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Evo
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Jan5-13, 07:21 PM
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Quote Quote by vjk2 View Post
Well, I'd guess it would be something like change per generation. How to define either characteristic is up in the air, though generation seems basically like the average age before reproduction occurs in a species. I wonder how to take into account the range of ages. A woman can reproduce from like ages 12/13 to like 50, while men can reproduce pretty much well into their 70's and 80's.
You seem to have some basic misunderstandings about evolution.

Puberty usually decides when a person id adle to reproduce, except where puberty happens too early, the chances of a pregnancy lasting to full term is unlikely for a number of reasons. This is not evolution. How long a person remains reproductive from one generation is not evolution.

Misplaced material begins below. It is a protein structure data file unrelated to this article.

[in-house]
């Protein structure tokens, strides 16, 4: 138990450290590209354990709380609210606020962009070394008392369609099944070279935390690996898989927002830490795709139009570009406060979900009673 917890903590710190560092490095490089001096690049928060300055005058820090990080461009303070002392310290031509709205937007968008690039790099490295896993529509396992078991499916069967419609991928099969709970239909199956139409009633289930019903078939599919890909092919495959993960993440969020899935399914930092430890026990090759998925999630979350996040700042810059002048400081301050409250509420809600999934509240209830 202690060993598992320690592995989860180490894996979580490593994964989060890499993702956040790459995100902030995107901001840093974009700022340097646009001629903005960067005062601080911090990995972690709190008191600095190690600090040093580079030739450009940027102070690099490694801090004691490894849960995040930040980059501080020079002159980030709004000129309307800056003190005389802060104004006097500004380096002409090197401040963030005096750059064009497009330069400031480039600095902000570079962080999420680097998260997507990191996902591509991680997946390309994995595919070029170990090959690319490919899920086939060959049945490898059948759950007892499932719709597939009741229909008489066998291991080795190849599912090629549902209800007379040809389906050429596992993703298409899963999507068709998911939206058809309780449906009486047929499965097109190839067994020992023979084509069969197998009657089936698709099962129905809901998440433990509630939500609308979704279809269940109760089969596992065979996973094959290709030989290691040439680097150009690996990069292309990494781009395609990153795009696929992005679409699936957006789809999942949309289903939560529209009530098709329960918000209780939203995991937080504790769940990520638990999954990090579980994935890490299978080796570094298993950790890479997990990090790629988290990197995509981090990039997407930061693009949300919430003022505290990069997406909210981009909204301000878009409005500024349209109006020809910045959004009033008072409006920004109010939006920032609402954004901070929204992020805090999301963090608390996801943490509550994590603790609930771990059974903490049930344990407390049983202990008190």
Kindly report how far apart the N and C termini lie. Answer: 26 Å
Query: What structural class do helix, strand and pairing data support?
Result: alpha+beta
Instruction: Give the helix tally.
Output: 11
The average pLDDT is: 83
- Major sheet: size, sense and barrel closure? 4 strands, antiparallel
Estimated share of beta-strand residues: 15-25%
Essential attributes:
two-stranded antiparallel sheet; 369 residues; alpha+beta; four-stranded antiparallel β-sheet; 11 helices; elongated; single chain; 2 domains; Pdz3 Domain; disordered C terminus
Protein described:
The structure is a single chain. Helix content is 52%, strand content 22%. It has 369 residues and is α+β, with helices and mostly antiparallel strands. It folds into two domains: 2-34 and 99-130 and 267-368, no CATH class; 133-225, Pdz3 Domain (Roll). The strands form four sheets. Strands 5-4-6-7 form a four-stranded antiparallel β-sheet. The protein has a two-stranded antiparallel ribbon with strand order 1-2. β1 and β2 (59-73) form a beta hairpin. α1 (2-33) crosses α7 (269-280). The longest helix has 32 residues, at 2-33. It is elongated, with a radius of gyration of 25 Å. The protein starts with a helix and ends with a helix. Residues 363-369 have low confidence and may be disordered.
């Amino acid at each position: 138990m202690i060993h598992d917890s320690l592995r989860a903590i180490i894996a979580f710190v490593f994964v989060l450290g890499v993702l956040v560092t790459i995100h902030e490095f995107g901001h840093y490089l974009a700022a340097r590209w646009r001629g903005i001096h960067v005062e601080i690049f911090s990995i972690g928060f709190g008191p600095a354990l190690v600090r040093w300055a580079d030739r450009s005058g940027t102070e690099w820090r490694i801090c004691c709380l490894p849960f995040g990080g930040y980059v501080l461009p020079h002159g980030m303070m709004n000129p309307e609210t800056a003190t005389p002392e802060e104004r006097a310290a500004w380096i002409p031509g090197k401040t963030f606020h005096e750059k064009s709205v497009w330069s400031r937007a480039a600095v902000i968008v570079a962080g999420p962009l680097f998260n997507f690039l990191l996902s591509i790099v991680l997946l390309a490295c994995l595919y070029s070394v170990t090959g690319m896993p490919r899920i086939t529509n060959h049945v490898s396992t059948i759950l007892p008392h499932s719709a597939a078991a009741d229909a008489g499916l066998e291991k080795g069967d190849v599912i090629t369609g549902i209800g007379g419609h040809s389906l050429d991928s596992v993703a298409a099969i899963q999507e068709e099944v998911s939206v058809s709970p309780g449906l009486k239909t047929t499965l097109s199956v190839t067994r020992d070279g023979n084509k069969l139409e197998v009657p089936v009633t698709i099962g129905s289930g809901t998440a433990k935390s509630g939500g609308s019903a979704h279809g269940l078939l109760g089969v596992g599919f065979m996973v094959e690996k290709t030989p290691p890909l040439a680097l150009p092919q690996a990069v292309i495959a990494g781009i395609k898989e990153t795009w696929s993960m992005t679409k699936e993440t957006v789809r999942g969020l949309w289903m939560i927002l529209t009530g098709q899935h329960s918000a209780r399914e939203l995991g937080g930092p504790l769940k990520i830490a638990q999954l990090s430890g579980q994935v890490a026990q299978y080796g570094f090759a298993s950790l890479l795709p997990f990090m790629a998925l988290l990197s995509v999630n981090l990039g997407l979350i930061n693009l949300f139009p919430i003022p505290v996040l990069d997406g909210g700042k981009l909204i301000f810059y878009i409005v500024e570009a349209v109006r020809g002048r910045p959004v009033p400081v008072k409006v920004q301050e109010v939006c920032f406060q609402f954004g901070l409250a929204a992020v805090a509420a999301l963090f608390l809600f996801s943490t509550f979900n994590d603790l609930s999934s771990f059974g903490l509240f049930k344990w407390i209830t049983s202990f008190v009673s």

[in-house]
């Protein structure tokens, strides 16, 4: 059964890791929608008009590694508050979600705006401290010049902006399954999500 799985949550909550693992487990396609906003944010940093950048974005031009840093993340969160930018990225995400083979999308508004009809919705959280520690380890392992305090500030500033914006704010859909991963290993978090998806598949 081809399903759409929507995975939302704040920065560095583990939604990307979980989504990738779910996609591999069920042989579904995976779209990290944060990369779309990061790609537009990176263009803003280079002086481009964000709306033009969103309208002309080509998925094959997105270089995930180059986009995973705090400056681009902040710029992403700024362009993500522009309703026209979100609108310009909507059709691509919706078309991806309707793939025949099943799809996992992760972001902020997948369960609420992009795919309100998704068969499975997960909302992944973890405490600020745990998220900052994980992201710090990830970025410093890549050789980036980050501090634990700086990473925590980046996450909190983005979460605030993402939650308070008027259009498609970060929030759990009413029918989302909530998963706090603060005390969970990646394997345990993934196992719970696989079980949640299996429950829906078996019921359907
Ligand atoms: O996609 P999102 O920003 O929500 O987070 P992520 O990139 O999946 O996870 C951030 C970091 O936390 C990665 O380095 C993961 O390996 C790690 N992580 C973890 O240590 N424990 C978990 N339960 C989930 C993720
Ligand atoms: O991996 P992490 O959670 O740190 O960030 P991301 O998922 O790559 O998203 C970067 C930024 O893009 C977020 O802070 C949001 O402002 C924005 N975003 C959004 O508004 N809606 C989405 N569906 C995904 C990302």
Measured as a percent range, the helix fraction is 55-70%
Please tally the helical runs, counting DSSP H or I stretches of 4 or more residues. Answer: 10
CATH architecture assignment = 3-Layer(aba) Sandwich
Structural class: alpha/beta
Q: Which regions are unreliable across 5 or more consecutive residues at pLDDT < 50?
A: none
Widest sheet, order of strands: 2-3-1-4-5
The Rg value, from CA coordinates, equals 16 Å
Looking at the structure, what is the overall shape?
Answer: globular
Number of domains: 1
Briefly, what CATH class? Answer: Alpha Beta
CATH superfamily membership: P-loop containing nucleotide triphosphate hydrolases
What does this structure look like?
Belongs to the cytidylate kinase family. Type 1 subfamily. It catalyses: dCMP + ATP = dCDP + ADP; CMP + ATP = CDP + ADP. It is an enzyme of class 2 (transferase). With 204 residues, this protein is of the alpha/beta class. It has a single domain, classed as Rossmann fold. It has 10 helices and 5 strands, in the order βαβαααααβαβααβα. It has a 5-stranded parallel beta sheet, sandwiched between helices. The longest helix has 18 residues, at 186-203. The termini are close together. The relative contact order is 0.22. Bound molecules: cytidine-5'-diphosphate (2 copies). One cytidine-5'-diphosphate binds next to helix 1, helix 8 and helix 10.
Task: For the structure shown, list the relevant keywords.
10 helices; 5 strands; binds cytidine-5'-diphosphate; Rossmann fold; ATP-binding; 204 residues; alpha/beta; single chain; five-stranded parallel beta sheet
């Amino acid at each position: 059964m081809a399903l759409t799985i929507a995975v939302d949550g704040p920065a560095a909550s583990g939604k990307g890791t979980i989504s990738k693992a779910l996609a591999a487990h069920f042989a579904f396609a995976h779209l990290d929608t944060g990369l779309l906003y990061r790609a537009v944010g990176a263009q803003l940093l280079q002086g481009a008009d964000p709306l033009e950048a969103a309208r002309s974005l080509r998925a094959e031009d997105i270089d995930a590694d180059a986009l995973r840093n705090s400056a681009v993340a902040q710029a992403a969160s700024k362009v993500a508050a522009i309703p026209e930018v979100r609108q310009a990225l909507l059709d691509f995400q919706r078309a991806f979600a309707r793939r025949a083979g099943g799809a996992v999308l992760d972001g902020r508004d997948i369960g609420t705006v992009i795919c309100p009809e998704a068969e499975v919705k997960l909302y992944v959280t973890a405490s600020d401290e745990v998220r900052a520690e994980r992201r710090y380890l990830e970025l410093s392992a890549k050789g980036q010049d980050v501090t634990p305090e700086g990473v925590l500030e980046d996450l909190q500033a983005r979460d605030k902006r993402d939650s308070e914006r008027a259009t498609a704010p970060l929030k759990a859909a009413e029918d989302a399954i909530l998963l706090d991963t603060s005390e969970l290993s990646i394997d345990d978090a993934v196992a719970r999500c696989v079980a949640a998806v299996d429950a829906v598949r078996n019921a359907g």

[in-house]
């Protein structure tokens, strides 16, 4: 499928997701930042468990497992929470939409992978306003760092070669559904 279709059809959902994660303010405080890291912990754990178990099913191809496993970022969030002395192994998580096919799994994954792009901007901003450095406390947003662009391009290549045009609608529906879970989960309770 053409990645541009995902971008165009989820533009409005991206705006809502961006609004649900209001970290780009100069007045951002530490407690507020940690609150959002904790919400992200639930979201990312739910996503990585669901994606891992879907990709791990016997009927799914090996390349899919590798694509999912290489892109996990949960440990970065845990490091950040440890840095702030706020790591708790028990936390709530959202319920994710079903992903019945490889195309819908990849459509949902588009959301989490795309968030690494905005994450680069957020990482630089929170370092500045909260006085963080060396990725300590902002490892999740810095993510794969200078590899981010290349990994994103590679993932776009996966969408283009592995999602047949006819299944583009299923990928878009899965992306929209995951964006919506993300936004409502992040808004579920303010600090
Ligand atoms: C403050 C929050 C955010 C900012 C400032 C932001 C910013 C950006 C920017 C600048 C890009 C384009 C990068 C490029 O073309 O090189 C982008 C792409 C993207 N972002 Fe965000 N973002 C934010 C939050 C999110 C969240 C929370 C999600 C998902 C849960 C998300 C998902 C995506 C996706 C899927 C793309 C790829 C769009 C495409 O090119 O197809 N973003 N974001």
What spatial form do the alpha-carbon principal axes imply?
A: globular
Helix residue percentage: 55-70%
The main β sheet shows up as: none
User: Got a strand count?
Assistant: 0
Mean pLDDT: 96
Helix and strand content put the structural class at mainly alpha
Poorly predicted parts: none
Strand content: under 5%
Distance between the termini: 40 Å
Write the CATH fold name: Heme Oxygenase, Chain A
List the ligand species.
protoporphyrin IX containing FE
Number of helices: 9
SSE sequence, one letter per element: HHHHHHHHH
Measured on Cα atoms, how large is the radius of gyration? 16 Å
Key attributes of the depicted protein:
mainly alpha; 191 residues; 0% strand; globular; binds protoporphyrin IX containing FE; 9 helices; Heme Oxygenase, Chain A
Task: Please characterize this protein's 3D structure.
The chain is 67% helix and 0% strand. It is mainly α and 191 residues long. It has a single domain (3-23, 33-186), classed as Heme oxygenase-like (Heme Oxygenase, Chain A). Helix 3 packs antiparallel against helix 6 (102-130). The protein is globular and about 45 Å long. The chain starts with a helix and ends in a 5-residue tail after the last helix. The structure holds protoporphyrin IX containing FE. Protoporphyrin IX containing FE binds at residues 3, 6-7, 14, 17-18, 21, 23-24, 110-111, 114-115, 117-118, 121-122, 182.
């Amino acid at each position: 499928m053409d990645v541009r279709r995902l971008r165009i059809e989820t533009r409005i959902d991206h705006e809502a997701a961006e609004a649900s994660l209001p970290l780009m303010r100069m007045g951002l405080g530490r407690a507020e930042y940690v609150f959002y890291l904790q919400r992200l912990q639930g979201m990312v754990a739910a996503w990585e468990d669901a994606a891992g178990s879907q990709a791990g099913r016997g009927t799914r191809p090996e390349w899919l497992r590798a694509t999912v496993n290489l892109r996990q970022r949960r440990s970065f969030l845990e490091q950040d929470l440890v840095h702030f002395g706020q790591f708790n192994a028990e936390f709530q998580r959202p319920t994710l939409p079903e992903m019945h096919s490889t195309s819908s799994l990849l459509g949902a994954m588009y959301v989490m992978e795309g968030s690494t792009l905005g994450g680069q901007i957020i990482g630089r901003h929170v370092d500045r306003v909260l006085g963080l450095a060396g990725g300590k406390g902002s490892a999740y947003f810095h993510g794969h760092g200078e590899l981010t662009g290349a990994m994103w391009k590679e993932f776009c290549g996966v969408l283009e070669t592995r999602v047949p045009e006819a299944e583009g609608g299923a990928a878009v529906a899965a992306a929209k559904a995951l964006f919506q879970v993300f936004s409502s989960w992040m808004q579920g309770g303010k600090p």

There is the Evolutionary Significant Unit which is a subpopulation that is considered distinct from the larger species.
Please explain what you wish to know about this.

An Evolutionarily Significant Unit (ESU) (often lowercased where used without abbreviation, as "evolutionarily significant unit") is a population of organisms that is considered distinct for purposes of conservation. Delineating ESUs is important when considering conservation action.

This term can apply to any species, subspecies, geographic race, or population. Often the term "species" is used rather than ESU, even when an ESU is more technically considered a subspecies or variety rather than a biological species proper. In marine animals the term "stock" is often used as well.
http://en.wikipedia.org/wiki/Evoluti...gnificant_Unit